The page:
The aspect of the essay that so strongly appealed to me was Dr Gosler’s liberalism and compassion; the very qualities that were instilled by early family life. As you may know, I am fascinated by the Victorian Natural Historian Philip Henry Gosse and his relationship with his son Edmund. 2 That provides a strong contrast to the upbringing of Dr Gosler and it ended in upset, disappointment and alienation. Henry Gosse was far from liberal in outlook on religious matters and he was immovable in having a belief in the literal truth of the Bible. Of course, this applied to the account of the Creation, something that was at variance with developing ideas in Biology and, especially, the time scales now becoming accepted in Geology. Gosse produced a solution to the conflict between the account in Genesis and developing scientific thought in his theory of prochronism, where he accepted the idea of geological time, but proposed that this was apparent rather than real, the whole being part of the sudden Creation. His theory was published in Omphalos, 3 where he also tackled the idea of the creation of plants and animals, each being unique. It is perhaps unfair to condense Omphalos into so short a mention, but it does give an example of Henry Gosse’s rigidity when it came to the interpretation of The Bible. Omphalos ends triumphantly with this (Gosse’s capital letters):
“IN SIX DAYS JEHOVAH MADE HEAVEN AND EARTH, THE SEA, AND ALL THAT IN THEM IS.”
This rigidity came between father and son and, after Edmund moved to London and became involved in the world of The Arts, there developed a deep antagonism between the two men. Henry believed in the imminence of The Second Coming of Christ, so was always concerned that Edmund should be ready and he badgered him about his friends and his views in general. It is all recounted by Edmund in Father and Son 4 and, while this is a one-sided view, and may contain some imaginative descriptions of events, it shows how difficult family relationships can be when there is a lack of acceptance of another’s views and, especially, where these concern religion.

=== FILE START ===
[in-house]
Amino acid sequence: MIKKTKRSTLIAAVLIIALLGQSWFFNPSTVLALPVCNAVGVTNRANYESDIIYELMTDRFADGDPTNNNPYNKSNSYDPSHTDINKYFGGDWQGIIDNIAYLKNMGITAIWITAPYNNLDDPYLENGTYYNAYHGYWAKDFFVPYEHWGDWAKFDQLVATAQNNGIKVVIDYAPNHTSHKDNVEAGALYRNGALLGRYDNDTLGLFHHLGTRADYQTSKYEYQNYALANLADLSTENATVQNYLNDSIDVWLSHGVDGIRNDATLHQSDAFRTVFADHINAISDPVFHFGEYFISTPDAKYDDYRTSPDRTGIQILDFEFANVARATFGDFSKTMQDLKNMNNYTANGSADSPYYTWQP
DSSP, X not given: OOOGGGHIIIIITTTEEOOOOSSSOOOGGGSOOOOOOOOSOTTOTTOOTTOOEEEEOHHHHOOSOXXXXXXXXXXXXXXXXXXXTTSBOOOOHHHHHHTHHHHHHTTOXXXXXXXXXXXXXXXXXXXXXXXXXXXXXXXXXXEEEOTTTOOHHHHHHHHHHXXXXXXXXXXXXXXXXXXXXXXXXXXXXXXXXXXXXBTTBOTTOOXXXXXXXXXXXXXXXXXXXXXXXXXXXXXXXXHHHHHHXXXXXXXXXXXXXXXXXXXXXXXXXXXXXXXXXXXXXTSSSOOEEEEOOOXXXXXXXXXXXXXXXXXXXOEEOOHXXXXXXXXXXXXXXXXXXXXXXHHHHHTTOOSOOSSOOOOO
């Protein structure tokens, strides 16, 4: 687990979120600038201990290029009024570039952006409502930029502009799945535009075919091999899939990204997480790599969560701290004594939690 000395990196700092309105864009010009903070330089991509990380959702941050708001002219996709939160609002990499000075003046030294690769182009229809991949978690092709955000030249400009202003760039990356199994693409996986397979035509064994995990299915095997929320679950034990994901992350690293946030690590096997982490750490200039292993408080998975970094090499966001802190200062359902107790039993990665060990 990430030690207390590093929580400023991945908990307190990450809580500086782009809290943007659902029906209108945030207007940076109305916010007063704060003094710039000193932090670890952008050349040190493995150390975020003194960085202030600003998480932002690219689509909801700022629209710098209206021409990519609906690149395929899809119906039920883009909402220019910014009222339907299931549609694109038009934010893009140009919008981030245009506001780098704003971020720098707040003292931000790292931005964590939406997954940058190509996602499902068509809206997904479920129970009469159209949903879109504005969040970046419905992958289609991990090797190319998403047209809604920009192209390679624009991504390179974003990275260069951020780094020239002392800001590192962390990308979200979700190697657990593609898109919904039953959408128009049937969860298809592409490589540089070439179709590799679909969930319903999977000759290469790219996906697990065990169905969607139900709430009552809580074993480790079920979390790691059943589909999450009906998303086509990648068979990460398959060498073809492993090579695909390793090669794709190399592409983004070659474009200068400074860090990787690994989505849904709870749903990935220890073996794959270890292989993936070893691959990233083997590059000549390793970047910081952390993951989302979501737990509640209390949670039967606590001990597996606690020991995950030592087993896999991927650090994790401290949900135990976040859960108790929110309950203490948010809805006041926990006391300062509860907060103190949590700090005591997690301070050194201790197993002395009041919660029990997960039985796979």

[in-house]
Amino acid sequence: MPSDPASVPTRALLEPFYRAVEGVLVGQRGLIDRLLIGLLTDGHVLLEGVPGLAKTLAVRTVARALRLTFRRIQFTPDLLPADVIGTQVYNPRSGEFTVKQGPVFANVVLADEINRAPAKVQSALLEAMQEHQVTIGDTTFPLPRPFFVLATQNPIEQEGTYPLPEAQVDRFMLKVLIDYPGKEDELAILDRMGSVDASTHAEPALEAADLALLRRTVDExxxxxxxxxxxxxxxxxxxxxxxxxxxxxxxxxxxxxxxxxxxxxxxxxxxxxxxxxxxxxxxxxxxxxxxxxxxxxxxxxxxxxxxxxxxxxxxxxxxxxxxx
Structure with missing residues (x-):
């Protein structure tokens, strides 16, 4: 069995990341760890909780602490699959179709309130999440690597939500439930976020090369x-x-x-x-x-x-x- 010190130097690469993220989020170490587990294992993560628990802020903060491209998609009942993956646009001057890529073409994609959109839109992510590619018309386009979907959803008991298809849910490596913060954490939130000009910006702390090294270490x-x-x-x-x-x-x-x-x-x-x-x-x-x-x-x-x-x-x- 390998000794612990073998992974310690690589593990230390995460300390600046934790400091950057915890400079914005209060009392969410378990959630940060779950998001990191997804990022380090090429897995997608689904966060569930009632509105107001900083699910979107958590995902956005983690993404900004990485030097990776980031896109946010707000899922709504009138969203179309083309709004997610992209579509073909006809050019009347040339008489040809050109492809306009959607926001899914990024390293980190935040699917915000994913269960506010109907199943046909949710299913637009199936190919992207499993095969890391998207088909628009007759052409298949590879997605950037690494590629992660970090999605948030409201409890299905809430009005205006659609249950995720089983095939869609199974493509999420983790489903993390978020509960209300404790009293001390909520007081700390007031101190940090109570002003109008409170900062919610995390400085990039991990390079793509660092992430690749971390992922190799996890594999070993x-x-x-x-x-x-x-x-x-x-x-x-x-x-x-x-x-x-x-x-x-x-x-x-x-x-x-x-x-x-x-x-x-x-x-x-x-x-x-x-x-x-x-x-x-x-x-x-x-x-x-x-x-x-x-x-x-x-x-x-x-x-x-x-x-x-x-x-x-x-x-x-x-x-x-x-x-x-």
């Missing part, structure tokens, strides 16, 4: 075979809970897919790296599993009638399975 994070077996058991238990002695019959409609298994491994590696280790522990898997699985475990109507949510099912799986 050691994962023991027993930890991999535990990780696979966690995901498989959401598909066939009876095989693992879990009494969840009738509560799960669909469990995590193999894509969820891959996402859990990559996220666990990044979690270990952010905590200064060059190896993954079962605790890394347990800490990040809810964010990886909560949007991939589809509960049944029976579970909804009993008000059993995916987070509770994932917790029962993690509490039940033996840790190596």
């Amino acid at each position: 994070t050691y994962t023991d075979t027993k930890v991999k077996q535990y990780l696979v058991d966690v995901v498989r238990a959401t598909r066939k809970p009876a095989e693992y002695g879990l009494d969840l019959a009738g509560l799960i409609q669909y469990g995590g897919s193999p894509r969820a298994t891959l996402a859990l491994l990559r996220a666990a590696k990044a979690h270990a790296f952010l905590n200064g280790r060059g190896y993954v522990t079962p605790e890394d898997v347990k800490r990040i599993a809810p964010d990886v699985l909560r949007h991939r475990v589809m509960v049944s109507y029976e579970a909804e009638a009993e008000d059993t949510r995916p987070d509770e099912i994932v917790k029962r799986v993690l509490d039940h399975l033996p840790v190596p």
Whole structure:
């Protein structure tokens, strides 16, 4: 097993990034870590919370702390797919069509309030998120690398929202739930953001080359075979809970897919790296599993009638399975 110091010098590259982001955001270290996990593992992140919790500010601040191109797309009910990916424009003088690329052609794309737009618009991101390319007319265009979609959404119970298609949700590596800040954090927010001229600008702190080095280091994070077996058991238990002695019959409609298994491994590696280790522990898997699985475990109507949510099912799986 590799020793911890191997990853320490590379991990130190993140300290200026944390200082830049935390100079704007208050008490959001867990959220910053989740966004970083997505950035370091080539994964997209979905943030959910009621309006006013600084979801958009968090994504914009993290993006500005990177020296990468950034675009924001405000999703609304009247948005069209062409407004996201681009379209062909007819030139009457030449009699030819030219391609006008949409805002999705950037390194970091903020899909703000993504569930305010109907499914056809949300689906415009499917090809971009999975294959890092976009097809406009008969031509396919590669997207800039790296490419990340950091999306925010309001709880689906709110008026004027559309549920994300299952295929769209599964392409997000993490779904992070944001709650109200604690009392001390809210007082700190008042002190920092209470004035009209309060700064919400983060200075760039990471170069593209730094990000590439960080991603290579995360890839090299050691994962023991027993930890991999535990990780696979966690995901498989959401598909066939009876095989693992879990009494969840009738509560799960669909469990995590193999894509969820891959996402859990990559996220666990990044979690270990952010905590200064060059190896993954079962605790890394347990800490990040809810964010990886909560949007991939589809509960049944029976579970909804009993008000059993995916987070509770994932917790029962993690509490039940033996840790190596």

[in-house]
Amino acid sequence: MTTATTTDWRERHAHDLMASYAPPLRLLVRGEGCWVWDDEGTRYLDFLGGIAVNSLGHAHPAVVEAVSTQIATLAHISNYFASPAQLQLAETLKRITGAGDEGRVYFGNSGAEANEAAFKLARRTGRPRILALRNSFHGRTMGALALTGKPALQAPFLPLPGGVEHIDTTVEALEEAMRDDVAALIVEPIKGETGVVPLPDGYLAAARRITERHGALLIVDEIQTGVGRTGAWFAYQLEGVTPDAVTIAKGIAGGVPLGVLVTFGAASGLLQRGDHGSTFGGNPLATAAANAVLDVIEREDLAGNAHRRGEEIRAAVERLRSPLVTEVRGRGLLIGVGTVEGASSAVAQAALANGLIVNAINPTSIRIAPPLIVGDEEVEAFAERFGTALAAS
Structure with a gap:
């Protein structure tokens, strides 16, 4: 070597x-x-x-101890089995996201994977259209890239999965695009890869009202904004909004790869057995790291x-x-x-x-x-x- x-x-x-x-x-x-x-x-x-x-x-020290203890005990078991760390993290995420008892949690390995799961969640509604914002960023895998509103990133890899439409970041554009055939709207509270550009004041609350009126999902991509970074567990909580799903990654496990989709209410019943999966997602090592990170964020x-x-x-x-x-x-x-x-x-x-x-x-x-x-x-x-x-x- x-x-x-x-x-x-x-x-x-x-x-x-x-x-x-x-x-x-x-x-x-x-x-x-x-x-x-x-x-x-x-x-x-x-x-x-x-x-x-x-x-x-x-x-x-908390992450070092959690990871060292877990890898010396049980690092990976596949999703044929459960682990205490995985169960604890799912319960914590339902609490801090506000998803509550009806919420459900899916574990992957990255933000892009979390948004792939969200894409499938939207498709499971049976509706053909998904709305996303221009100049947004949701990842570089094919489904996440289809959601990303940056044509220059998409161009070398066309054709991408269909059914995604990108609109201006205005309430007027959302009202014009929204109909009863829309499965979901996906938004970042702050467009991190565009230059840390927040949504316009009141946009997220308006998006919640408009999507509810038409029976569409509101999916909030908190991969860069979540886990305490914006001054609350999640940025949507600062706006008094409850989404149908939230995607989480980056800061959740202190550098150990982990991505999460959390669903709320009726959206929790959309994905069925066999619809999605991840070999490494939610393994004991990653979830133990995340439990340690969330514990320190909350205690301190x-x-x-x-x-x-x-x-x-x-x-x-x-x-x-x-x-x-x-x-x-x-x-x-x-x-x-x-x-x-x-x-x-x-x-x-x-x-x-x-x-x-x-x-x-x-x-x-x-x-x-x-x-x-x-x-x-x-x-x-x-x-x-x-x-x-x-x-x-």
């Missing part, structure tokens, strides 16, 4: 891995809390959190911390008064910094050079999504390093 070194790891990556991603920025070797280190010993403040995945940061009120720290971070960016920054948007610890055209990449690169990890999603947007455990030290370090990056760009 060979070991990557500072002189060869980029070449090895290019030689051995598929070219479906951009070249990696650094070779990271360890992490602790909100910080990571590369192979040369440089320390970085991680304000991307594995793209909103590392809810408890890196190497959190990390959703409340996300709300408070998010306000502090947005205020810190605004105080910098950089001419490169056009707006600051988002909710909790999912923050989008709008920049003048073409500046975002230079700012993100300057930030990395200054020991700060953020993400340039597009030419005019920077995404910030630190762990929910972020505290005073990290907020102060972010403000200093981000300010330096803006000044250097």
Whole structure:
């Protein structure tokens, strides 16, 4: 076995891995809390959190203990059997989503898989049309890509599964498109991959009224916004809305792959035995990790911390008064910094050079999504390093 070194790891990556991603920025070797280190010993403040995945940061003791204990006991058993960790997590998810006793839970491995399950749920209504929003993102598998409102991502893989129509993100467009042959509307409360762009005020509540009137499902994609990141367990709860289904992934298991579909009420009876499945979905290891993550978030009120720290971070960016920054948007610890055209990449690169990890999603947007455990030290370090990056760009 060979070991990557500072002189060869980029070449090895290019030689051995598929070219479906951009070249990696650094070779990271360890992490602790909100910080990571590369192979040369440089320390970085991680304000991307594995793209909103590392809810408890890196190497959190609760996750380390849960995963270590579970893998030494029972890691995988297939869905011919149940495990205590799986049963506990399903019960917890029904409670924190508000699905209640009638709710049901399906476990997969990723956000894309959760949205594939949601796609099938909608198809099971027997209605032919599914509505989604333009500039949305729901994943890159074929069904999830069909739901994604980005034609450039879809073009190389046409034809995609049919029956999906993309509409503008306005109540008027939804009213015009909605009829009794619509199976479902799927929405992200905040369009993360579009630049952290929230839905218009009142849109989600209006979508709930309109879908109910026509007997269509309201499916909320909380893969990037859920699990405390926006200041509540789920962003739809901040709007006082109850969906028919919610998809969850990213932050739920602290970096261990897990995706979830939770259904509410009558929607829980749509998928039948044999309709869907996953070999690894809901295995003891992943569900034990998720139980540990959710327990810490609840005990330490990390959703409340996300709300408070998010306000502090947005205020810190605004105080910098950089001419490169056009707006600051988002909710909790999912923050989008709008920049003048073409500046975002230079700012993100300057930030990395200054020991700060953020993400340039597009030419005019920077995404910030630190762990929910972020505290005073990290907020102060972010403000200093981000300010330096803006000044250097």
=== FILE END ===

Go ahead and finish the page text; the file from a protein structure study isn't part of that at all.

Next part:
It was against the background of the Gosses that I viewed Dr Gosler’s account of his own upbringing and subsequent development of belief in Christianity. It’s true that there is well over a hundred years between the two families, but there are those who still have as rigid a view on religious belief as Henry Gosse. I have great admiration for his many important contributions to Natural History and recognise that he was loving and caring, but my real fondness for the man stops at his religious views. Henry’s rigidity inevitably resulted in conflict.
To an atheist like me, it is puzzling that the same Bible and the same basic belief in its contents can spawn such divergent views and opinions. It is very human, of course, but it emphasises the personal nature of belief. Trying to say one’s own view is the correct one always ends in trouble and how can this stance be justified?
1 R. J. Berry [editor] (2009) Real Scientists Real Faith. Oxford, Monarch Books.
2 Roger S Wotton (2012) Walking with Gosse: Natural History, Creation and Religious Conflicts. Southampton, Clio Publishing.
3 Philip Henry Gosse (1857) Omphalos: An attempt to untie the geological knot. London, John Van Voorst.
4 Edmund Gosse (1907) Father and Son: A study of two temperaments. London, William Heinemann.
I would like to thank Professor Sam Berry for sending me a copy of Real Scientists Real Faith. It is unlikely that I would have read Dr Gosler’s essay had he not been kind enough to do so.